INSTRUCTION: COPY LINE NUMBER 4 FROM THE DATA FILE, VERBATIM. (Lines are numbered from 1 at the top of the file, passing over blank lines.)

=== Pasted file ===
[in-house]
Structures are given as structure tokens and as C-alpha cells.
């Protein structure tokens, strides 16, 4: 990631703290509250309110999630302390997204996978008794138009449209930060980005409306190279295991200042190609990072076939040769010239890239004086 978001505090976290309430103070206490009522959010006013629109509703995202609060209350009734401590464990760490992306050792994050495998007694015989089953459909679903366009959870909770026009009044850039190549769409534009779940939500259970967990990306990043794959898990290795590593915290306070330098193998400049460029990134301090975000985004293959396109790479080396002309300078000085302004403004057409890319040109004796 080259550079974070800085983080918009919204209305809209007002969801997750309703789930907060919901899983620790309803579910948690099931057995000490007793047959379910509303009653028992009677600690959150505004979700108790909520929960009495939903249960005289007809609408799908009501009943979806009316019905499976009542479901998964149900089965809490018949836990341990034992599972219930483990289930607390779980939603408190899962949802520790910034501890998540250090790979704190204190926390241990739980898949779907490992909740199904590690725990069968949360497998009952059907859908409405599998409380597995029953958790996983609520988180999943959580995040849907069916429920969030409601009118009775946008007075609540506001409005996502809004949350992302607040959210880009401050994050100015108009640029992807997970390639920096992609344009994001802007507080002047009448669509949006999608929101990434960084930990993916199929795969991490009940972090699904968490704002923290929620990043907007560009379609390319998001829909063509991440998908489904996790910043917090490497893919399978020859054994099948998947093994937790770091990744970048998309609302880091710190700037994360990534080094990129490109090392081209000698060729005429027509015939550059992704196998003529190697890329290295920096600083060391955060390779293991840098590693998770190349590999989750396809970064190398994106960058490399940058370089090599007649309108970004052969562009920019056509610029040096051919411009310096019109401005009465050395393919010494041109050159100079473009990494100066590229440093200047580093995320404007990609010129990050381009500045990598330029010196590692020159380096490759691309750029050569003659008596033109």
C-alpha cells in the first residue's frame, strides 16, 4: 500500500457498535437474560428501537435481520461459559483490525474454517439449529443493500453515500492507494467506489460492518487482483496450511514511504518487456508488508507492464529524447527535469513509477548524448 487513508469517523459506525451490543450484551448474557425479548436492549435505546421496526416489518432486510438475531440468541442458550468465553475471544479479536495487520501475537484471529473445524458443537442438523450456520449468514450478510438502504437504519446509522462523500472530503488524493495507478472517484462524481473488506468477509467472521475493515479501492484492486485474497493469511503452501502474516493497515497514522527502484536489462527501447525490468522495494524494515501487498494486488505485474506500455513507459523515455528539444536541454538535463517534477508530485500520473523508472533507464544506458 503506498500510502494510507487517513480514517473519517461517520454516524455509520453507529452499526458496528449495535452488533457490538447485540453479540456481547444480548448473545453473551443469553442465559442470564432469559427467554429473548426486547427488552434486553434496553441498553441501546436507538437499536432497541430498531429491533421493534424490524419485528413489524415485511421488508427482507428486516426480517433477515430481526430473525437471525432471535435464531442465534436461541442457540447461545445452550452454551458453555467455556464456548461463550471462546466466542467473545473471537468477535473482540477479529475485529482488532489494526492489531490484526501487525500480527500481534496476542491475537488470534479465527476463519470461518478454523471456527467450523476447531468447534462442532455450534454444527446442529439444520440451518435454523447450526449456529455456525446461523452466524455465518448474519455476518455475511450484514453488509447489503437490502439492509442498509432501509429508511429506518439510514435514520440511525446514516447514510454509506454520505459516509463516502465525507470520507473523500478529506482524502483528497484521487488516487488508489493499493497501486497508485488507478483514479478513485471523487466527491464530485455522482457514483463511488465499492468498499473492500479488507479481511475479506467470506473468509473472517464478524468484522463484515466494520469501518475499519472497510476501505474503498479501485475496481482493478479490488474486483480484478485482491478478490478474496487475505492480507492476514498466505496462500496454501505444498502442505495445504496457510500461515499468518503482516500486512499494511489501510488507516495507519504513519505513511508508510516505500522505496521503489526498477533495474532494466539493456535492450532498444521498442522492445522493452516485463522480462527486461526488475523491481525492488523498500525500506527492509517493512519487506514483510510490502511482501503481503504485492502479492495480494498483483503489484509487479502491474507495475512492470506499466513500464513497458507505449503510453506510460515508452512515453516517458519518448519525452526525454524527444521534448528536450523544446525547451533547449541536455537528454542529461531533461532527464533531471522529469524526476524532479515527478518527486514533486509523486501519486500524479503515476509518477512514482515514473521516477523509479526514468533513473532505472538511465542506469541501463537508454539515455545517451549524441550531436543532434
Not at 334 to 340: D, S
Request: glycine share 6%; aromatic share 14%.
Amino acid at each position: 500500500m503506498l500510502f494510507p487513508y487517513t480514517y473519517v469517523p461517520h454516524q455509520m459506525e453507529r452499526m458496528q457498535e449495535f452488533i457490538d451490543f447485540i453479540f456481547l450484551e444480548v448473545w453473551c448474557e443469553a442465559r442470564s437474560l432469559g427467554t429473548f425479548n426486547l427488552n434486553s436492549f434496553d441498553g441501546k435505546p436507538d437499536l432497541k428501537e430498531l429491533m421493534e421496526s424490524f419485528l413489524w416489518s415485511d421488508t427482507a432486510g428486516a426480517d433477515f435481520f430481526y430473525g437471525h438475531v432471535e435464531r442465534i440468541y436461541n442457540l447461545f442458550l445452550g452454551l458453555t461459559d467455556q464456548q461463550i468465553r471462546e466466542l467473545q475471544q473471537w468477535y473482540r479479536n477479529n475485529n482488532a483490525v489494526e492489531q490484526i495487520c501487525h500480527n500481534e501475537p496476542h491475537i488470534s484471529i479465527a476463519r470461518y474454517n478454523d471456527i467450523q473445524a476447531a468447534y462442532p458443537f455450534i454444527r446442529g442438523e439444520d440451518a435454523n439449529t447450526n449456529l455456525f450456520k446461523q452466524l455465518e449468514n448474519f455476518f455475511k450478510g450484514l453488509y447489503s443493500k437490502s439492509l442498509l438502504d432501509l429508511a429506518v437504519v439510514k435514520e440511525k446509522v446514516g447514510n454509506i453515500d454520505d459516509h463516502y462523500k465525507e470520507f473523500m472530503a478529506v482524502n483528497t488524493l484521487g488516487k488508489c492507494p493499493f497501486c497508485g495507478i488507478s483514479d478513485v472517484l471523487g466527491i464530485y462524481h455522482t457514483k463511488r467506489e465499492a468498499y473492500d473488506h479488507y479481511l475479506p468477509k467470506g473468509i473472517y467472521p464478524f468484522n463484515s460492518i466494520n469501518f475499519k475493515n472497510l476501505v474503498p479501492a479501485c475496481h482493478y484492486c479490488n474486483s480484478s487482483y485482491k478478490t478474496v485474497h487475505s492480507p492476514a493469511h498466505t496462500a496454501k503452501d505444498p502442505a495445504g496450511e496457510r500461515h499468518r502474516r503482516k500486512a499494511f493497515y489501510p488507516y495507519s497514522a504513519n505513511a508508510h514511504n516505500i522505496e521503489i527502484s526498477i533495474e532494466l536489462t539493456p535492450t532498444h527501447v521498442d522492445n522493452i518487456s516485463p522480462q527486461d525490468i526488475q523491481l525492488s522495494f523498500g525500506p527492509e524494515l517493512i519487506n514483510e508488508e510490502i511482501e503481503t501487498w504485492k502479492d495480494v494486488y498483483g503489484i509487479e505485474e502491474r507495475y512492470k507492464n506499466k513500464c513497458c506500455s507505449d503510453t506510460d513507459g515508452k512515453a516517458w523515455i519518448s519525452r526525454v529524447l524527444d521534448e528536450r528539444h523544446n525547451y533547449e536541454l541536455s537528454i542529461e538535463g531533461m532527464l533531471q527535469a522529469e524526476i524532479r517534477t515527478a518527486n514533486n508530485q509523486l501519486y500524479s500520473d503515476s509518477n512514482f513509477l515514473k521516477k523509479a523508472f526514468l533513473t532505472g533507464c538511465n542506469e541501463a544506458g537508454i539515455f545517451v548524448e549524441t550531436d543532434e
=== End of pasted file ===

C-alpha cells in the first residue's frame, strides 16, 4: 500500500457498535437474560428501537435481520461459559483490525474454517439449529443493500453515500492507494467506489460492518487482483496450511514511504518487456508488508507492464529524447527535469513509477548524448 487513508469517523459506525451490543450484551448474557425479548436492549435505546421496526416489518432486510438475531440468541442458550468465553475471544479479536495487520501475537484471529473445524458443537442438523450456520449468514450478510438502504437504519446509522462523500472530503488524493495507478472517484462524481473488506468477509467472521475493515479501492484492486485474497493469511503452501502474516493497515497514522527502484536489462527501447525490468522495494524494515501487498494486488505485474506500455513507459523515455528539444536541454538535463517534477508530485500520473523508472533507464544506458 503506498500510502494510507487517513480514517473519517461517520454516524455509520453507529452499526458496528449495535452488533457490538447485540453479540456481547444480548448473545453473551443469553442465559442470564432469559427467554429473548426486547427488552434486553434496553441498553441501546436507538437499536432497541430498531429491533421493534424490524419485528413489524415485511421488508427482507428486516426480517433477515430481526430473525437471525432471535435464531442465534436461541442457540447461545445452550452454551458453555467455556464456548461463550471462546466466542467473545473471537468477535473482540477479529475485529482488532489494526492489531490484526501487525500480527500481534496476542491475537488470534479465527476463519470461518478454523471456527467450523476447531468447534462442532455450534454444527446442529439444520440451518435454523447450526449456529455456525446461523452466524455465518448474519455476518455475511450484514453488509447489503437490502439492509442498509432501509429508511429506518439510514435514520440511525446514516447514510454509506454520505459516509463516502465525507470520507473523500478529506482524502483528497484521487488516487488508489493499493497501486497508485488507478483514479478513485471523487466527491464530485455522482457514483463511488465499492468498499473492500479488507479481511475479506467470506473468509473472517464478524468484522463484515466494520469501518475499519472497510476501505474503498479501485475496481482493478479490488474486483480484478485482491478478490478474496487475505492480507492476514498466505496462500496454501505444498502442505495445504496457510500461515499468518503482516500486512499494511489501510488507516495507519504513519505513511508508510516505500522505496521503489526498477533495474532494466539493456535492450532498444521498442522492445522493452516485463522480462527486461526488475523491481525492488523498500525500506527492509517493512519487506514483510510490502511482501503481503504485492502479492495480494498483483503489484509487479502491474507495475512492470506499466513500464513497458507505449503510453506510460515508452512515453516517458519518448519525452526525454524527444521534448528536450523544446525547451533547449541536455537528454542529461531533461532527464533531471522529469524526476524532479515527478518527486514533486509523486501519486500524479503515476509518477512514482515514473521516477523509479526514468533513473532505472538511465542506469541501463537508454539515455545517451549524441550531436543532434